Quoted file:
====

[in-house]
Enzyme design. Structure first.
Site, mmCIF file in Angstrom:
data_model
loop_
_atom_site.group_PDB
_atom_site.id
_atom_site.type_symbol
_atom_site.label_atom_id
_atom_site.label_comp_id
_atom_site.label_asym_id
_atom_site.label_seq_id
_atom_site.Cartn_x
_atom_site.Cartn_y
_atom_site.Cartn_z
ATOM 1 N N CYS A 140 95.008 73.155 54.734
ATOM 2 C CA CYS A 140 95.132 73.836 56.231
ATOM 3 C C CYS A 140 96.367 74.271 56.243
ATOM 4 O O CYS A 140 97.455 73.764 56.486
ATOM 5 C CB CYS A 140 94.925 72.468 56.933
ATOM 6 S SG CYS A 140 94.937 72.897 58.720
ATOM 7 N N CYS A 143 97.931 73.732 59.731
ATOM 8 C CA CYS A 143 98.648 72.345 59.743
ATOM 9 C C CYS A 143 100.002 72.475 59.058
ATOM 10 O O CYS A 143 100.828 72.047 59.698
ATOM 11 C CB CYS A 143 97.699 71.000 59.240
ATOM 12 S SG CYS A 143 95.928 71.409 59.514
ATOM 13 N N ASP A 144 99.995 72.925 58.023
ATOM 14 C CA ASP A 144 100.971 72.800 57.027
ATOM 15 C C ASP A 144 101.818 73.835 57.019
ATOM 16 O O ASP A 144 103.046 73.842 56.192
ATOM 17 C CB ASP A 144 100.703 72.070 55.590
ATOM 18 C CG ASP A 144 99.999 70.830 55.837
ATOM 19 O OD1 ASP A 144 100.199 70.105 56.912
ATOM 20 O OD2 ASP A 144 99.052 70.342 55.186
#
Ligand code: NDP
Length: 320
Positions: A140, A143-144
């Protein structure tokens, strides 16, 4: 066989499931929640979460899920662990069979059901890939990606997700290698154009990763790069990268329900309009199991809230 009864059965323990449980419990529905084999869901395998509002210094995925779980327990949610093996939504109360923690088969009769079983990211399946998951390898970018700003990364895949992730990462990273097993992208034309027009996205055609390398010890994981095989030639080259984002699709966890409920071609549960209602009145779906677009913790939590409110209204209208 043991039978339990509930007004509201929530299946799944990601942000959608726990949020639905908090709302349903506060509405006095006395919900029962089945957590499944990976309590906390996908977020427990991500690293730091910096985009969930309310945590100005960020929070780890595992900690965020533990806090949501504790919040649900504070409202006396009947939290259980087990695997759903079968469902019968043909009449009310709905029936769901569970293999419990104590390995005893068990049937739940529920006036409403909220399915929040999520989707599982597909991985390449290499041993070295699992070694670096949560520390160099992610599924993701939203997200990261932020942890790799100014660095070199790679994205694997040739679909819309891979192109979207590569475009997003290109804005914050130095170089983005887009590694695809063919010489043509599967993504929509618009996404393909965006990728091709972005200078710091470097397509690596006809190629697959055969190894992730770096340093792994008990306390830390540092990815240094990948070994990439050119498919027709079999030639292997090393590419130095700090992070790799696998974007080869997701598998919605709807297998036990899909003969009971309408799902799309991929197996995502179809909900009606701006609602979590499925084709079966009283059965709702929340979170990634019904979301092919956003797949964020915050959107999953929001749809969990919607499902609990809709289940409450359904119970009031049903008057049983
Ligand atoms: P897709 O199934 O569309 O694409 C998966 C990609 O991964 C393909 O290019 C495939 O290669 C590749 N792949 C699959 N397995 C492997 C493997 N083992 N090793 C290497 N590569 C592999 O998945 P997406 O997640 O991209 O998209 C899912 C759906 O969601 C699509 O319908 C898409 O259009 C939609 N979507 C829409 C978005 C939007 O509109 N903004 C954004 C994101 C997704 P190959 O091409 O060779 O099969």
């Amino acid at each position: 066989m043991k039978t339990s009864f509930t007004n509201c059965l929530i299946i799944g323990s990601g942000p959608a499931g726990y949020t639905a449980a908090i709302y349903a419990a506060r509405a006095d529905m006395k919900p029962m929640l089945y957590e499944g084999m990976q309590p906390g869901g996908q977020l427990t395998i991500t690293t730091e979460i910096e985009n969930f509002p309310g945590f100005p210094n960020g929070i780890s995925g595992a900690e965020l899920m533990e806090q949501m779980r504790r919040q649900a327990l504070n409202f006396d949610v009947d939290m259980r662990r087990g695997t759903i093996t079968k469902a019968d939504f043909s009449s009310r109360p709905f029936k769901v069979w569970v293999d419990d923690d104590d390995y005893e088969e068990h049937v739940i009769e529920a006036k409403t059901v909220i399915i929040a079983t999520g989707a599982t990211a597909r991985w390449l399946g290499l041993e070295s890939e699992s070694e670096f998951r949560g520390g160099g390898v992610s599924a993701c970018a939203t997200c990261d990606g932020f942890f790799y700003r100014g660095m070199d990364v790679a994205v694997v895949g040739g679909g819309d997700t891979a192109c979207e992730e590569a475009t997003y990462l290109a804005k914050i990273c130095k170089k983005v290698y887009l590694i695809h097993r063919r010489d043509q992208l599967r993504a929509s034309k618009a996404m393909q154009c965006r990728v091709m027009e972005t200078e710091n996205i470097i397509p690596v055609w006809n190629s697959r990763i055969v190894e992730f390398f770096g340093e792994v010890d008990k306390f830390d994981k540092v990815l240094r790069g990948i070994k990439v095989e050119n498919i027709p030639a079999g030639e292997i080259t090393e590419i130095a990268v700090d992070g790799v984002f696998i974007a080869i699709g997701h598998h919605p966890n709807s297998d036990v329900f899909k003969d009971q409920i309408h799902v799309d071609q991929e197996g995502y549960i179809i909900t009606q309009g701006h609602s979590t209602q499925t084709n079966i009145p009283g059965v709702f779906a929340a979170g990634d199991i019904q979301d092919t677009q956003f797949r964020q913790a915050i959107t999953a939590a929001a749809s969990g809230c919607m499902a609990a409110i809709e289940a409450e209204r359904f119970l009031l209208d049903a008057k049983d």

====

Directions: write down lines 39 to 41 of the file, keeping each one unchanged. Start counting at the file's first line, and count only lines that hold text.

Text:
Positions: A140, A143-144
């Protein structure tokens, strides 16, 4: 066989499931929640979460899920662990069979059901890939990606997700290698154009990763790069990268329900309009199991809230 009864059965323990449980419990529905084999869901395998509002210094995925779980327990949610093996939504109360923690088969009769079983990211399946998951390898970018700003990364895949992730990462990273097993992208034309027009996205055609390398010890994981095989030639080259984002699709966890409920071609549960209602009145779906677009913790939590409110209204209208 043991039978339990509930007004509201929530299946799944990601942000959608726990949020639905908090709302349903506060509405006095006395919900029962089945957590499944990976309590906390996908977020427990991500690293730091910096985009969930309310945590100005960020929070780890595992900690965020533990806090949501504790919040649900504070409202006396009947939290259980087990695997759903079968469902019968043909009449009310709905029936769901569970293999419990104590390995005893068990049937739940529920006036409403909220399915929040999520989707599982597909991985390449290499041993070295699992070694670096949560520390160099992610599924993701939203997200990261932020942890790799100014660095070199790679994205694997040739679909819309891979192109979207590569475009997003290109804005914050130095170089983005887009590694695809063919010489043509599967993504929509618009996404393909965006990728091709972005200078710091470097397509690596006809190629697959055969190894992730770096340093792994008990306390830390540092990815240094990948070994990439050119498919027709079999030639292997090393590419130095700090992070790799696998974007080869997701598998919605709807297998036990899909003969009971309408799902799309991929197996995502179809909900009606701006609602979590499925084709079966009283059965709702929340979170990634019904979301092919956003797949964020915050959107999953929001749809969990919607499902609990809709289940409450359904119970009031049903008057049983
Ligand atoms: P897709 O199934 O569309 O694409 C998966 C990609 O991964 C393909 O290019 C495939 O290669 C590749 N792949 C699959 N397995 C492997 C493997 N083992 N090793 C290497 N590569 C592999 O998945 P997406 O997640 O991209 O998209 C899912 C759906 O969601 C699509 O319908 C898409 O259009 C939609 N979507 C829409 C978005 C939007 O509109 N903004 C954004 C994101 C997704 P190959 O091409 O060779 O099969």